Depression & Exercise: An Active Child May Be a Happier Child

New Research Indicates That Regular Exercise Fights Depression In Children

Several studies have found that regular exercise fights depression in adults, and now new research indicates the same may be the case for children.

In a two-year study of nearly 4,600 seventh and eighth grade boys and girls, scientists found that the more physically active the middle-schoolers were, the less likely they were to suffer symptoms of depression, such as anxiety and fatigue.*

The scientists do not really know which came first: the depressive feelings that lead to inertia, or a couch potato lifestyle that fed tendencies toward sadness and depression. But, noted contributing researcher Dr. Rod K. Dishman of the Department of Exercise Science at the University of Georgia, plenty of evidence from studies on adults have shown that exercise is effective in helping treat depression, no matter its cause.

“Our results,” concluded Dishman and his team of researchers, from Cornell University and the University of Minnesota, “encourage randomized controlled trials to experimentally determine whether an increase in physical activity reduces depression risk among adolescent boys and girls.”

In the fall of 1998, the 4,594 youngsters, all entering the 7th grade, reported their frequency of physical activity and completed the Center for Epidemiological Studies Depression Scale, a standard screening test for symptoms of depression. The higher the child’s score, the more symptoms that child suffered. The kids repeated the tests at the end of their 7th grade year, and at the end of 8th grade.

Overall, the scientists found that when the exercise levels went up, depression symptoms went down, and when activity levels went down, depression scores shot up.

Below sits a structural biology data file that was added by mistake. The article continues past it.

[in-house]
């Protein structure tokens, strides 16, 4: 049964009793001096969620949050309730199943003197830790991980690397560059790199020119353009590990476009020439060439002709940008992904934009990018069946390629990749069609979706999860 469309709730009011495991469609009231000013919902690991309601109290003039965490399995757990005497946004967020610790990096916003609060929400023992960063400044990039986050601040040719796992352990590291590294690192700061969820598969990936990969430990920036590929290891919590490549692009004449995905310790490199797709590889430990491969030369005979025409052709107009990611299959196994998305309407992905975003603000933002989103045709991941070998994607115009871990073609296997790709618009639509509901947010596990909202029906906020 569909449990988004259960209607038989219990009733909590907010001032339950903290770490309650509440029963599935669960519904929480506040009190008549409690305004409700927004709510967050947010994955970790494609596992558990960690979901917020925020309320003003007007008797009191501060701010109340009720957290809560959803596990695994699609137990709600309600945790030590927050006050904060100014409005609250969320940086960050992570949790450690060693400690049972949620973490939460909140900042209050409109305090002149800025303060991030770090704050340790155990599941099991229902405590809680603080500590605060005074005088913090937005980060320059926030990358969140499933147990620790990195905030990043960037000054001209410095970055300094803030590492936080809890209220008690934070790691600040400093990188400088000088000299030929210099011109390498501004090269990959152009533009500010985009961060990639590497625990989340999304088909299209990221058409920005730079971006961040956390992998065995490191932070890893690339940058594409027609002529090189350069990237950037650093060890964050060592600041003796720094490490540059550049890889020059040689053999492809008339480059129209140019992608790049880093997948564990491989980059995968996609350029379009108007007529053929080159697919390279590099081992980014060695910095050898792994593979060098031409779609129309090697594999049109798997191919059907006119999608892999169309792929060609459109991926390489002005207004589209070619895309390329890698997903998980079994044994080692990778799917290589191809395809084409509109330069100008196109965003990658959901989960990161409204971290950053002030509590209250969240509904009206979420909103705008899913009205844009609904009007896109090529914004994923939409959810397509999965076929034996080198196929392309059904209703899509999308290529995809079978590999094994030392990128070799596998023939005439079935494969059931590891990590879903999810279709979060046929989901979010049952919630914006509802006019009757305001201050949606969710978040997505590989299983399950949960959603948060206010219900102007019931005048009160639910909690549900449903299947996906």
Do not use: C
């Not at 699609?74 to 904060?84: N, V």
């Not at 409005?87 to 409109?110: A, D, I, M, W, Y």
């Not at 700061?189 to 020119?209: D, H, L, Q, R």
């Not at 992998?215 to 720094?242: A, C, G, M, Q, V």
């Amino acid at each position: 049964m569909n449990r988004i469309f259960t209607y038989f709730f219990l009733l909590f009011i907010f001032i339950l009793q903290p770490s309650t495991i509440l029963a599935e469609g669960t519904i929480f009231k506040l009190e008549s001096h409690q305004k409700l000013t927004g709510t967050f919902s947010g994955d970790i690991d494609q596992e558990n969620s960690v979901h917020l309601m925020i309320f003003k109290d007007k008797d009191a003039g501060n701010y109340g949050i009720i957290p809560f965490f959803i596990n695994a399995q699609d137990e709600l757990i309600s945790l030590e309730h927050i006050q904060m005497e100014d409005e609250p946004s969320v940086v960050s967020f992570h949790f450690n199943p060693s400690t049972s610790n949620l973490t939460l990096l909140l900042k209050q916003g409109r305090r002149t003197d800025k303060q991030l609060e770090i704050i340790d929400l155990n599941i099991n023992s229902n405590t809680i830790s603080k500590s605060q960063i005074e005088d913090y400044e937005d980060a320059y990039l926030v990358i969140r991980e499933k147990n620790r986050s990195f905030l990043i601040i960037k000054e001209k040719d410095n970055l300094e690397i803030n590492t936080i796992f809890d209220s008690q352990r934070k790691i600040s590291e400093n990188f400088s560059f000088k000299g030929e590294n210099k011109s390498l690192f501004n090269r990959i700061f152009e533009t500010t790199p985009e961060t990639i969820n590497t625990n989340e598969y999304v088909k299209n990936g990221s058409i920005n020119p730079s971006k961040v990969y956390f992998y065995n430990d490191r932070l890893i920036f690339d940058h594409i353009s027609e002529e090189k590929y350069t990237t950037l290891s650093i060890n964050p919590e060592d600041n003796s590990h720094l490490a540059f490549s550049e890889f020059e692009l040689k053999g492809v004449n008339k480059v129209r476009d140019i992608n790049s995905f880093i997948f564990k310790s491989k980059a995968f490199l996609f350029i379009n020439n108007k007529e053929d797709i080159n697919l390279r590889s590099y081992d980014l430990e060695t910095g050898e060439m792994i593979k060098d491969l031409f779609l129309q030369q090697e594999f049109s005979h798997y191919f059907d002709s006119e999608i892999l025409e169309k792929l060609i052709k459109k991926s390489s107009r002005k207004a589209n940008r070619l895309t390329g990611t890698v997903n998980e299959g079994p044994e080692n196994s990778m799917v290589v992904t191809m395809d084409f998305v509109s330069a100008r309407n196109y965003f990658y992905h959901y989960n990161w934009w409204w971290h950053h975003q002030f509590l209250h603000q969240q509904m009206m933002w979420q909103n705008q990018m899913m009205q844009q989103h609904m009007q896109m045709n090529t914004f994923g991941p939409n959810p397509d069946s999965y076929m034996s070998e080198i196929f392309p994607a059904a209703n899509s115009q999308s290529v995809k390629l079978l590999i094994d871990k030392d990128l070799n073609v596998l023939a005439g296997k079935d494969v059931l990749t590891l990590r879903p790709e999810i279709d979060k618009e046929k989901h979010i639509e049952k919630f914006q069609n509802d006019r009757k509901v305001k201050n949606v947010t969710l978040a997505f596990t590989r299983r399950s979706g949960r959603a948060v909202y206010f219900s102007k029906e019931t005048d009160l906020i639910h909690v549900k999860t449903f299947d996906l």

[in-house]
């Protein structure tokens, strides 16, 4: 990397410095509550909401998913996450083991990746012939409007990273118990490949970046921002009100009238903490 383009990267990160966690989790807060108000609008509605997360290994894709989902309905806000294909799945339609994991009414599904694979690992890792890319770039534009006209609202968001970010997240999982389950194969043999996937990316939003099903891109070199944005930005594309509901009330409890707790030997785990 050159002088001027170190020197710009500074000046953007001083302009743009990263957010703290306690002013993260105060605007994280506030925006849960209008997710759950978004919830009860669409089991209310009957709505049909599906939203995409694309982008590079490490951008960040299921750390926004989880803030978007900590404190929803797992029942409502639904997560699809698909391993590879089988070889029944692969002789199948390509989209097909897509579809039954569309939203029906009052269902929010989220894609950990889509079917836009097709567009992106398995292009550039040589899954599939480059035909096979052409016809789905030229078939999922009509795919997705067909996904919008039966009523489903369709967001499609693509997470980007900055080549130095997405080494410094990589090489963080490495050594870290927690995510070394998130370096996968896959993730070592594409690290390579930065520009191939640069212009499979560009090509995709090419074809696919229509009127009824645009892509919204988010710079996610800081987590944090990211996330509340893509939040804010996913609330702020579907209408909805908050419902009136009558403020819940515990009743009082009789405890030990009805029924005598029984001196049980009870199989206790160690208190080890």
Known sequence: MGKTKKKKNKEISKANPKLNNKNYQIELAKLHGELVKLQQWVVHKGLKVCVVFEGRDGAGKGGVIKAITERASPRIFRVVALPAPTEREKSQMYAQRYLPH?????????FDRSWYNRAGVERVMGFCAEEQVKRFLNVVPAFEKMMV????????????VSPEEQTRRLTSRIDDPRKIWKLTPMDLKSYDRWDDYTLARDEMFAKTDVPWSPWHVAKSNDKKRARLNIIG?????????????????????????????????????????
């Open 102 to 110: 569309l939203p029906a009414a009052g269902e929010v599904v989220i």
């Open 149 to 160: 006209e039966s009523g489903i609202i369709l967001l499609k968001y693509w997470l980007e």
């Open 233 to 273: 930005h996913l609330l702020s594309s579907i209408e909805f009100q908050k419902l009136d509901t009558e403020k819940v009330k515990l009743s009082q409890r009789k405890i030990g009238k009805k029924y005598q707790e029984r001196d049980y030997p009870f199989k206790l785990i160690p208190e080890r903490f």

They noted that exercise as treatment for depressive moods is particularly important for children since many doctors are reluctant to treat kids with anti-depressant medication, and for good reason. The safety of these drugs for children and adolescents is still questionable. Regular exercise, recommended Dishman and colleagues, may well prove to be a safe, drug-free, and effective option for kids fighting feelings of depression.

Of course, in combination with a healthy diet like the Pritikin Eating Plan, regular exercise can also help overweight children slim down and, in doing so, help alleviate the emotional damage, including feelings of depression, that many overweight kids endure – the result of being teased by other kids for being fat, clumsy, or lethargic. In the Pritikin Family Program, held every summer at the Pritikin Longevity Center in Aventura, Florida, “we see kids come alive with joy and happiness,” says lead instructor Ed Pedell.

“By the end of their Pritikin Family Program, they’re astonished at what they have achieved – particularly the lean muscle mass they’ve gained and their improvements in the President’s Fitness Challenge – and how much they’ve really enjoyed themselves. They develop physicially, emotionally, and spiritually. It’s a beautiful thing to see. They leave knowing that exercise will be a part of their lives forever.”

Psychosomatic Medicine, 2004; 66: 336.

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